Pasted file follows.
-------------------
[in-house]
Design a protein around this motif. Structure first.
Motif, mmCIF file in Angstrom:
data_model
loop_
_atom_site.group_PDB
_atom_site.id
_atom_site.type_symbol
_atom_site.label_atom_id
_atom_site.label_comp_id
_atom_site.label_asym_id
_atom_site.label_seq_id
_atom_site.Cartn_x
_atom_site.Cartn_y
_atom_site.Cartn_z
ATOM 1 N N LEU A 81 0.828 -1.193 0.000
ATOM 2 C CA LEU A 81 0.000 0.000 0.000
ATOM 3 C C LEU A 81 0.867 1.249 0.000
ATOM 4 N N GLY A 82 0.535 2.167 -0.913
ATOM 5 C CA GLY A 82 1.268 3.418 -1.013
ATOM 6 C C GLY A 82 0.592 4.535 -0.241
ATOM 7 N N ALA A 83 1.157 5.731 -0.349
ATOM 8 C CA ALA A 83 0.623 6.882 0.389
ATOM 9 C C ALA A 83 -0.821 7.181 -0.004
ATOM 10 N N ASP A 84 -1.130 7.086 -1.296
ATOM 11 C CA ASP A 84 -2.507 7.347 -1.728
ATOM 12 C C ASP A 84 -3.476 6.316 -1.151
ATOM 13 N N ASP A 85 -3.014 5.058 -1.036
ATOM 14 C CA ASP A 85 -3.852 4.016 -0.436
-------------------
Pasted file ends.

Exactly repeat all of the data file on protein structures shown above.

[in-house]
Design a protein around this motif. Structure first.
Motif, mmCIF file in Angstrom:
data_model
loop_
_atom_site.group_PDB
_atom_site.id
_atom_site.type_symbol
_atom_site.label_atom_id
_atom_site.label_comp_id
_atom_site.label_asym_id
_atom_site.label_seq_id
_atom_site.Cartn_x
_atom_site.Cartn_y
_atom_site.Cartn_z
ATOM 1 N N LEU A 81 0.828 -1.193 0.000
ATOM 2 C CA LEU A 81 0.000 0.000 0.000
ATOM 3 C C LEU A 81 0.867 1.249 0.000
ATOM 4 N N GLY A 82 0.535 2.167 -0.913
ATOM 5 C CA GLY A 82 1.268 3.418 -1.013
ATOM 6 C C GLY A 82 0.592 4.535 -0.241
ATOM 7 N N ALA A 83 1.157 5.731 -0.349
ATOM 8 C CA ALA A 83 0.623 6.882 0.389
ATOM 9 C C ALA A 83 -0.821 7.181 -0.004
ATOM 10 N N ASP A 84 -1.130 7.086 -1.296
ATOM 11 C CA ASP A 84 -2.507 7.347 -1.728
ATOM 12 C C ASP A 84 -3.476 6.316 -1.151
ATOM 13 N N ASP A 85 -3.014 5.058 -1.036
ATOM 14 C CA ASP A 85 -3.852 4.016 -0.436